What’s really “herbal” about supplements?

The use of herbs and plants has been part of the healing arts for thousands of years. Consumers spend $6 billion a year on herbal supplements, a broad category of dietary supplements derived from plants. Some of the most popular products feature as the active ingredient gingko biloba, St. John’s wort, ginseng, garlic, echinacea, saw palmetto, valerian root, cordyceps, and garcinia cambogia. Consumers buy these products because they want the advertised active ingredient. But what if those supplements don’t contain the beneficial herbs they claim? Or even contain ingredients that are harmful.

Three independent series of DNA tests show that there is no actual plant DNA in many of these plant-derived supplements. These tests also show that cheap fillers and contaminants are more often found than plant DNA of the primary ingredient. The New York Attorney General and Bailey & Glasser LLP have launched investigations into the herbal supplements industry. Bailey & Glasser has conducted dozens of DNA tests on a wide range of brands and products. Our findings are consistent with those of the New York Attorney General. We have filed two consumer fraud cases against Wal-Mart and Walgreens and are investigating other retailers and manufacturers.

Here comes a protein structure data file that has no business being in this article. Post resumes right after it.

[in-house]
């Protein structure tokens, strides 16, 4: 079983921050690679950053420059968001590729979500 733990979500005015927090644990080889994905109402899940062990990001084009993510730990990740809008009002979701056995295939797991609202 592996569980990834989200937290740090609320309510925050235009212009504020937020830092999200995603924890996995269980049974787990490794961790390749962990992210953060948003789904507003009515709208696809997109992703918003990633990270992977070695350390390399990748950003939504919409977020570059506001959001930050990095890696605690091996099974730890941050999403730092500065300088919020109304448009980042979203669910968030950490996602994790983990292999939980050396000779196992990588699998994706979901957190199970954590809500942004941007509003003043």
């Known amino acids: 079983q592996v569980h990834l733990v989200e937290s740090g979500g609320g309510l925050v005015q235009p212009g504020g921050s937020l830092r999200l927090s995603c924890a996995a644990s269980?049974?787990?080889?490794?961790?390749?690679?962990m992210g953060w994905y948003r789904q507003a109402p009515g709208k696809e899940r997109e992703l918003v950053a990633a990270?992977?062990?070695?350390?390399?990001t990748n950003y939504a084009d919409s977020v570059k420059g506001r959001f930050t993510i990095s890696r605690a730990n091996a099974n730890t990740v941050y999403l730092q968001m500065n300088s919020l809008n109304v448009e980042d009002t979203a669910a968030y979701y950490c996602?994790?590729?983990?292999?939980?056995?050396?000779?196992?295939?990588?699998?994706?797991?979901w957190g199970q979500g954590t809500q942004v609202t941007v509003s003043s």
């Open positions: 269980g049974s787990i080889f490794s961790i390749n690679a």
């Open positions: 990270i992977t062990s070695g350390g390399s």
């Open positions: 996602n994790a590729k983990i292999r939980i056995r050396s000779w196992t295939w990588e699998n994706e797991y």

The supplements industry, naturally, is in full push-back mode. The industry says that the DNA testing used by the New York Attorney General and Bailey & Glasser is not conclusive. Whatever the limitations of DNA testing, no one disputes two key findings:

  • Complete absence of plant DNA in many supplements advertised as gingko biloba, St. John’s wort, ginseng, garlic, echinacea, saw palmetto, valerian root, cordyceps, and garcinia cambogia.
  • Some amount of undisclosed contaminants and adulterants, including several that could pose a serious threat to health.

As difficult as it is to believe some of these retailers could not even get ‘garlic’ right. These supplements are expensive, and consumers should have confidence that they are buying something beneficial, not worthless products that might actually contain allergens and other contaminants. The onus is on the industry to prove it actually uses the claimed herbal ingredients in its products. Their own tests only prove that certain chemicals are present. Their tests don’t show plant material was used or present.

The only way to determine whether Wal-Mart, Walgreens and others really use plant material to make their supplements is to look at their records. There should be records showing purchases of raw materials; records showing testing of raw materials; manufacturing records; and so on. Washington Bailey & Glasser partners Greg Porter and Michael Murphy are pursuing the investigation.

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